“A prophet is not without honor except in his native place and among his own kin and in his own house,” Jesus says in response to the incredulity of those gathered in his home synagogue. Even though the people recognize his wisdom and his mighty deeds, they fail to believe.
They ask rhetorical questions: “Is he not the carpenter, the son of Mary, and the brother of James and Joses and Judas and Simon? Are not his sisters here with us?” “Rhetorical” in the sense that they already know the answers. The “questions” indicate an obstacle to belief, to repentance and to conversion of heart. The obstacle is put there by themselves.
The refusal to believe is in stark contrast to their recognition of the effect of his words and deeds mentioned before the questions. Their “astonishment” does not lead to belief for “they took offense at him.”
The rejection of the prophet and the prophetic voice may sound familiar. Jesus’ response conjures up many images from the Old Testament prophets where their message and person are met with rejection. Jeremiah is one example where the rejection is particularly vivid.
The first reading for Sunday’s liturgy comes from the Book of the Prophet Ezekiel which gives some insight into these situations. The prophet is sent to the Israelites who are “rebels” against the Lord. They have forsaken his covenant and law. The Lord sends the prophet to speak to them, to bring them back or turn them around. The task is no small one for they are “hard of face and obstinate of heart.”
The prophet is given this task for the need is desperate. The motivation is one of love. God sees that they are living far away from his way. They have forsaken the covenant that leads to life. God does not want them to live like this for it brings harm and leads to death. So the prophet is called to raise this awareness and to call the people back to God, back to the covenant and back to life.
In giving the commission, God recognizes the greatness of the task and the fact that not all will receive the message; regardless, the task of the prophet is to proclaim. So the Lord says: “And whether they heed or resist – for they are a rebellious house – they shall know that a prophet has been among them.”
While some of the people turn back to the Lord others do not. Yet in the course of time the prophetic voice is recognized and appreciated; hence, we are today several thousand years later still hearing the message and called to conversion of heart.
The rejection of Jesus as a prophet also speaks of something about the people’s understanding of God’s interaction among them. Perhaps their refusal to believe indicates a rejection that God actually works among them in their own “familiar” setting, in their own town, and among their own people. This idea stems from the contrast mentioned earlier. The people recognize the “wisdom” and the “mighty deeds” yet they do not believe. It’s almost as if they are saying: “It’s not possible that one of us should be God’s instrument or voice so it must be something else.”
The refusal to believe goes deep into their hearts. In other words, they are being obstinate. There is a sadness here; for the obstinacy is robbing them of life and keeping them distant from Jesus even though he is standing there in their midst and looking at them face to face.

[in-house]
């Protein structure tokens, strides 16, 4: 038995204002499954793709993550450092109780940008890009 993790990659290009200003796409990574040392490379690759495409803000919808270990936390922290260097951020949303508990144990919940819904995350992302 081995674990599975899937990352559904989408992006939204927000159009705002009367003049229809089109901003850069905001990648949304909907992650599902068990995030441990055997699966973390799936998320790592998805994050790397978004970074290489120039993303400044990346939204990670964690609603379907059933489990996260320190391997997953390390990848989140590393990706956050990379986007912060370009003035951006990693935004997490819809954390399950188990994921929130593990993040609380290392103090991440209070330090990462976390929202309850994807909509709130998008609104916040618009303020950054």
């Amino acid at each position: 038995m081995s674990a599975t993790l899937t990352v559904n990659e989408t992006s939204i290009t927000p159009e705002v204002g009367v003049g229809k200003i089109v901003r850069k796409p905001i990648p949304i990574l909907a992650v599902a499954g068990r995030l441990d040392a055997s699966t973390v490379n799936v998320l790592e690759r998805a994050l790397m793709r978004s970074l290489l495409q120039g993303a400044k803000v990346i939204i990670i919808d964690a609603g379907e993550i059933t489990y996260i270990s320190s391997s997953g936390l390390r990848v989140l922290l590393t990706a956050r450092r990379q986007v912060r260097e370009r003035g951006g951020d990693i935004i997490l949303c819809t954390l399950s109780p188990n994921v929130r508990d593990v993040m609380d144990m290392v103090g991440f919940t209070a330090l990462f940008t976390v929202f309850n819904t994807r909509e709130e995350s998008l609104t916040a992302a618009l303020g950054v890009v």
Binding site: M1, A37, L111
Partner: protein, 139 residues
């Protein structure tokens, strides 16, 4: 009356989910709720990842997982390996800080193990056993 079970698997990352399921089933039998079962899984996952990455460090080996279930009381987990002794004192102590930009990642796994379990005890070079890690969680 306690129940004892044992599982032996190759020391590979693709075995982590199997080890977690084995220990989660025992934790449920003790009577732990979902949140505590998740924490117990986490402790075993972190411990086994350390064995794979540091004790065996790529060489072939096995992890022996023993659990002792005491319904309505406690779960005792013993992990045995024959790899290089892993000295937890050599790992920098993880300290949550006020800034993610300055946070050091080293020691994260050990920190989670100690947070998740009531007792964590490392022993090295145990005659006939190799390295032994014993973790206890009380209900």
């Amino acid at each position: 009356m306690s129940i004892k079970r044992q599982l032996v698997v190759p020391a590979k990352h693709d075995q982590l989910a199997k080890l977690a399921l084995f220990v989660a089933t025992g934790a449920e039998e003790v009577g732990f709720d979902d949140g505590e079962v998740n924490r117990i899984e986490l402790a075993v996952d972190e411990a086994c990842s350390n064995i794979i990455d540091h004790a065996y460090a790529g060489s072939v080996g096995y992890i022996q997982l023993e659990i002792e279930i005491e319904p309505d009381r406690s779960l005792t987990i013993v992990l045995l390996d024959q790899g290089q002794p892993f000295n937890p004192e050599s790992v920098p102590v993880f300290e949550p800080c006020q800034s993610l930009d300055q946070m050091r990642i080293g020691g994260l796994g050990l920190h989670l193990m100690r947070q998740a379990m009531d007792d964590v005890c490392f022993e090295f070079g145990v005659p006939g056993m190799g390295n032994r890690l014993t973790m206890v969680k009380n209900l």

The contrast mentioned is important for another reason. There were many “false prophets” in the life of Israel. These prophets were not “of God” and they led many astray. Such is not the case with Jesus because the people recognize his “wisdom” and “mighty deeds.” In other words they recognize his “authenticity,” but they still reject him.
Jesus’ prophetic voice is continually raised and renewed in the life of the Church. Many times that voice is heard and the faithful are led to a deeper experience of life, love and mercy. At other times the voice is rejected only to be later recognized as prophetic.
Today we hear that voice when the Church speaks, for example, on the dignity of human life from conception to natural death, on the sanctity of marriage and the family, on the care for the poor and needy, on the call to mercy, and for stewardship of creation. Questions we might ponder this week are: “When do I hear the prophetic voice?” “How do I ‘listen’ to the voice with an open mind?” “Do I ponder the prophetic message seeking truth and conversion of heart?” Jesus speaks the prophetic word in love. He calls people to believe, for faith brings life. His prophetic voice still sounds and calls us to deeper faith.
Msgr. Joseph Prior is pastor of St. John the Evangelist Parish in Morrisville.
Help keep Catholic media free, support CatholicPhilly.com
You may have noticed “pay walls” greeting you when you visit the websites of newspapers and magazines, both large and small. These mechanisms allow you to read a few articles for free before you’ve got to pay an annual fee if you want to see more.
You won’t find a pay wall on CatholicPhilly.com because we’re more than a news organization. We’re informing, inspiring and forming readers in the Catholic faith every day through the news, features and commentaries that we post on this site and share across social media.
It costs money to provide high-quality coverage of the local Catholic communities we primarily serve, while also distributing national and world news of interest to Catholics, plus the orthodox teachings of the Catholic faith.
Help us in this mission by making a single gift of $40, $50, $100, or more. Your gift will strengthen the fabric of our entire Catholic community.
Make your donation by check:
222 N. 17th Street
Philadelphia, PA 19103
Or by credit card here: